Monday, January 12, 2009

Obama: will "change" happen re Bush antiterror policies?

President-elect Barack Obama signaled in an interview broadcast Sunday that he was unlikely to authorize a broad inquiry into Bush administration programs like domestic eavesdropping or the treatment of terrorism suspects.

But Mr. Obama also said prosecutions would proceed if the Justice Department found evidence that laws had been broken.

From Glenn Greenwald in SALON:
As TALK LEFT's Jeralyn Merritt documents, Obama today [yesterday's interview on ABC's THIS WEEK WITH GEORGE STEPHANOPOULOS] rather clearly stated that he will not close Guantanamo in the first 100 days of his presidency. He recited the standard Jack Goldsmith/Brookings Institution condescending excuse that closing Guantanamo is "more difficult than people realize." Specifically, Obama argued, we cannot release detainees whom we're unable to convict in a court of law because the evidence against them is "tainted" as a result of our having tortured them, and therefore need some new system -- most likely a so-called new "national security court" -- that "relaxes" due process safeguards so that we can continue to imprison people indefinitely even though we're unable to obtain an actual conviction in an actual court of law. [This was later amended: Obama will now "close" Gitmo, but it will take up to a year.]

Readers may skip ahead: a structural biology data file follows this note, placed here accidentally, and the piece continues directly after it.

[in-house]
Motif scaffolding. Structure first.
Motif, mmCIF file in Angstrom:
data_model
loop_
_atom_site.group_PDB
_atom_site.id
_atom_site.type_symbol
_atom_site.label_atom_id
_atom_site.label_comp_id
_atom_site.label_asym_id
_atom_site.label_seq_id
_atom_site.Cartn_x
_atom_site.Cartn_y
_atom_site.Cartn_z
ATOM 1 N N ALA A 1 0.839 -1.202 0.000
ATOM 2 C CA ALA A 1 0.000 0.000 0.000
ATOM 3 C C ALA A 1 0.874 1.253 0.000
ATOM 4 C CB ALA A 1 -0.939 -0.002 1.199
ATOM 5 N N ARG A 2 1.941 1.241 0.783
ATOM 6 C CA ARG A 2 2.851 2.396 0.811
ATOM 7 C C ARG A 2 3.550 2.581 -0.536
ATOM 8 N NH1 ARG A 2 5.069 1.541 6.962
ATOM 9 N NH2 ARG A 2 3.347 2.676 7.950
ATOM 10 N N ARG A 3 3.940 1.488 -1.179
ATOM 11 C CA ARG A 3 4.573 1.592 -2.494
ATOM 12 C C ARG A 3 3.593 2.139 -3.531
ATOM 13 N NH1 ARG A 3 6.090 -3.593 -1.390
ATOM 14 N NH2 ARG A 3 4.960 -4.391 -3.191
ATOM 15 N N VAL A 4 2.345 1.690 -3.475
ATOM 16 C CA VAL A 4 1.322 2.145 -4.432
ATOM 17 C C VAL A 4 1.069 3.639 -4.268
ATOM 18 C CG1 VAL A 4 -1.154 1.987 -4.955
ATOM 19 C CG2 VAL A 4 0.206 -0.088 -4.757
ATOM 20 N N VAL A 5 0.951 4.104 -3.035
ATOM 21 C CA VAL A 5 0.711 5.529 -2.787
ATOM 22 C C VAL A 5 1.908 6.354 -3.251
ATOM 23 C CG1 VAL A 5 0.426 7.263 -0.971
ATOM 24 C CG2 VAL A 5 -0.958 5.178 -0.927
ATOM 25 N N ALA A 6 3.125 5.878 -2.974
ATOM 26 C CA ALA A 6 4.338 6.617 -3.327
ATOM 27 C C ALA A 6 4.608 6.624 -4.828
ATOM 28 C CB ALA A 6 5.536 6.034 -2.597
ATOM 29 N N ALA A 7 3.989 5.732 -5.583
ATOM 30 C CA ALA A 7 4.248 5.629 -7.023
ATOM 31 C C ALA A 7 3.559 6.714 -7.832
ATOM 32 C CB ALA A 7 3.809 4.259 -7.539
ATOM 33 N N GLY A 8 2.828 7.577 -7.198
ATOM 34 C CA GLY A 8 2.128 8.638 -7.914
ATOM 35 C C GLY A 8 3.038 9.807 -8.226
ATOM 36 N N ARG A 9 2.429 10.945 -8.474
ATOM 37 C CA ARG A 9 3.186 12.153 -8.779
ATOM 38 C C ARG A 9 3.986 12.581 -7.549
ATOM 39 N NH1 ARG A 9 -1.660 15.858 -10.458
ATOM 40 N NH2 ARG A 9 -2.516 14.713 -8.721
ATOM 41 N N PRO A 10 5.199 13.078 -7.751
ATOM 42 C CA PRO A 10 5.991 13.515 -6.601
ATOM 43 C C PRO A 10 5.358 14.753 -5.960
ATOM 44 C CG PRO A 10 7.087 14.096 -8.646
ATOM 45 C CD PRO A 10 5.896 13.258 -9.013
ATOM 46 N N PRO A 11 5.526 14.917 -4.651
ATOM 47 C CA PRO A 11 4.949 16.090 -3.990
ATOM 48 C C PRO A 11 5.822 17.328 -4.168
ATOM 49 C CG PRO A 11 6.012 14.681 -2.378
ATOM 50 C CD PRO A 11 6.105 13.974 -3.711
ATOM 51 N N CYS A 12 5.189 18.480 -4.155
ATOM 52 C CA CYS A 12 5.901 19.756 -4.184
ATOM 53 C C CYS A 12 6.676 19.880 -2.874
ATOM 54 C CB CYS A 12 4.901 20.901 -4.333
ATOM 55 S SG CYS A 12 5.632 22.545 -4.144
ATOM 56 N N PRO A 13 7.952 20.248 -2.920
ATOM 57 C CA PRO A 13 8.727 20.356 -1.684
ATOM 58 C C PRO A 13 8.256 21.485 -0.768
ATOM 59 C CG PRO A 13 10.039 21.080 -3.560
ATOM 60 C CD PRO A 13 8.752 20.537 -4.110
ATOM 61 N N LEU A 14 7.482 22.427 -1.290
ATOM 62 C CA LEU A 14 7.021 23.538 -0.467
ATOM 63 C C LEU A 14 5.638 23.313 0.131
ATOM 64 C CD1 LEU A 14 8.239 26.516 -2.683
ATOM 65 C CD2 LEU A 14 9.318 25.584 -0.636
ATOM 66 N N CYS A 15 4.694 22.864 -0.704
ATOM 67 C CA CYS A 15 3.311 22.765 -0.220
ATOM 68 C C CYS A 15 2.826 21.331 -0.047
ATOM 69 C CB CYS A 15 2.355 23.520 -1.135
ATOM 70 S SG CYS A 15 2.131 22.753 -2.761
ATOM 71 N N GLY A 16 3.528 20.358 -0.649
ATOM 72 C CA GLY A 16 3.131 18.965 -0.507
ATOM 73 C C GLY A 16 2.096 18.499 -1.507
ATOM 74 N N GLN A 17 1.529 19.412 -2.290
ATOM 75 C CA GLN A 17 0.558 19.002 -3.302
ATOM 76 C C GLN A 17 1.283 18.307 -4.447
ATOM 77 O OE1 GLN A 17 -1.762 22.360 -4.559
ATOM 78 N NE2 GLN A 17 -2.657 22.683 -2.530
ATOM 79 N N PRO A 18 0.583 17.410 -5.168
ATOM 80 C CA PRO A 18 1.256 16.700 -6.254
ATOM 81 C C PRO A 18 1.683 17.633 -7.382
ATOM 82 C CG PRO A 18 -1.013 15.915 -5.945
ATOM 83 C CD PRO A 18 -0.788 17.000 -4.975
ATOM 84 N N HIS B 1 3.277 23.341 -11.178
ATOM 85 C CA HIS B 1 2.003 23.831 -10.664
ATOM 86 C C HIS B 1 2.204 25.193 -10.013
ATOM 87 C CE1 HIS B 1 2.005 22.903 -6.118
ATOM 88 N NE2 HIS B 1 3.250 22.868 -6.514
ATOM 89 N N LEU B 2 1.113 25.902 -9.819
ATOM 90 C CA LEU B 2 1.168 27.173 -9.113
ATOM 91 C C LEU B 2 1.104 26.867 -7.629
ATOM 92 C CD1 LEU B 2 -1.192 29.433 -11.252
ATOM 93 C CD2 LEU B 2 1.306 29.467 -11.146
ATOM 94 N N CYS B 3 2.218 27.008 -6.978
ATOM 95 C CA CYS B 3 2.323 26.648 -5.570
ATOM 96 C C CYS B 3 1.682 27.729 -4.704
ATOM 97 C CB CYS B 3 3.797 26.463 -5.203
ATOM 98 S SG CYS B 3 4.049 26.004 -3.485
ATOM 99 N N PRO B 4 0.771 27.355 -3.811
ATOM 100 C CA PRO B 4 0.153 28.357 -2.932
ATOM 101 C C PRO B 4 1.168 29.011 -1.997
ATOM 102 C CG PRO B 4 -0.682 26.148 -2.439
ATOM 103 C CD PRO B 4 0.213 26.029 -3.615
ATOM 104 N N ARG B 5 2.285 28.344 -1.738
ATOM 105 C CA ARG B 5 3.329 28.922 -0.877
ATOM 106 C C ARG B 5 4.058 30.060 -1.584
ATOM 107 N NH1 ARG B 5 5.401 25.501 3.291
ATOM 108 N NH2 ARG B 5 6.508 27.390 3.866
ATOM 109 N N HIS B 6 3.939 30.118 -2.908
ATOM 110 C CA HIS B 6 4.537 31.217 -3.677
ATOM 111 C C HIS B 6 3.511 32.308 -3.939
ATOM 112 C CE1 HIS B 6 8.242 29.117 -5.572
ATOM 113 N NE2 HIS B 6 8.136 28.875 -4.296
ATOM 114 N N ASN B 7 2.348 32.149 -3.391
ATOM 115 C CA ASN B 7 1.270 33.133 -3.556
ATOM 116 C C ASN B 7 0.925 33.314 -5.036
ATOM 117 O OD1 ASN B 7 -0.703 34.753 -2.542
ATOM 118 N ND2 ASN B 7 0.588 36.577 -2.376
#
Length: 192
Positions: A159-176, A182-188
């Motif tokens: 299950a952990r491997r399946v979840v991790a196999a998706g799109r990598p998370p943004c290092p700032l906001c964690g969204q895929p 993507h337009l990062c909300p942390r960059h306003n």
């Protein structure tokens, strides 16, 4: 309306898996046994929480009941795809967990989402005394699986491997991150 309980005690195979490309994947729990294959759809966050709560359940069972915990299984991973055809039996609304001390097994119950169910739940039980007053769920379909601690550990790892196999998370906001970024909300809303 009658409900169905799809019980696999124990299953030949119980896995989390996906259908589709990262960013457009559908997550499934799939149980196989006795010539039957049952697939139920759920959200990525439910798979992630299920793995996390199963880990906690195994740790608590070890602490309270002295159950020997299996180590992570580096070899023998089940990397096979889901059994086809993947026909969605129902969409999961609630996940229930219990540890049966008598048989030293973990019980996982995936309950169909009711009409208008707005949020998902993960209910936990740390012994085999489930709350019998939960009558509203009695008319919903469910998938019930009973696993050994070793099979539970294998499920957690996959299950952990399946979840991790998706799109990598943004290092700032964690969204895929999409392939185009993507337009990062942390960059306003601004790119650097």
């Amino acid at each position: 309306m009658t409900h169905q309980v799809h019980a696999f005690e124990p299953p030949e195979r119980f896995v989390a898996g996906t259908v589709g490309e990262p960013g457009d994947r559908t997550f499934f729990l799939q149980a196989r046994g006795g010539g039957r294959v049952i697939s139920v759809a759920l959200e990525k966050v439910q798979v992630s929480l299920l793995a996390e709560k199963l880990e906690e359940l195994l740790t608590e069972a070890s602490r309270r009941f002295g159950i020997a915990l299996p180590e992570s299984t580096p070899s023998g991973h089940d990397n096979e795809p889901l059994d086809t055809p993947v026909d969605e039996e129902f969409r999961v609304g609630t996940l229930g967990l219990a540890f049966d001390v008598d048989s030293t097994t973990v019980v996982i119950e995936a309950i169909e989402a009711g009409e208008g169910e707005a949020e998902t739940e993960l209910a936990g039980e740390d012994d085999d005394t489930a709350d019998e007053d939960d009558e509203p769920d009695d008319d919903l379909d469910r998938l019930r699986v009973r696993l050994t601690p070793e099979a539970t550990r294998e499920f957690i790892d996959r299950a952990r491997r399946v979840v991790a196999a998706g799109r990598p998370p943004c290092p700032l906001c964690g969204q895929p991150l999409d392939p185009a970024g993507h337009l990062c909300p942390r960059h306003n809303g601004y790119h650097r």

Here's an update from Greenwald since Obama's change-of-mind on Gitmo:

From Harry Shearer, as interviewed by Paul Krassner in THE LOS ANGELES TIMES on December 24th:
"I think there's going to be something sadly funny about the collision/intersection between the sky-high hopes and expectations of his supporters with the sky-high mountain of crap left on his desk by his predecessors."

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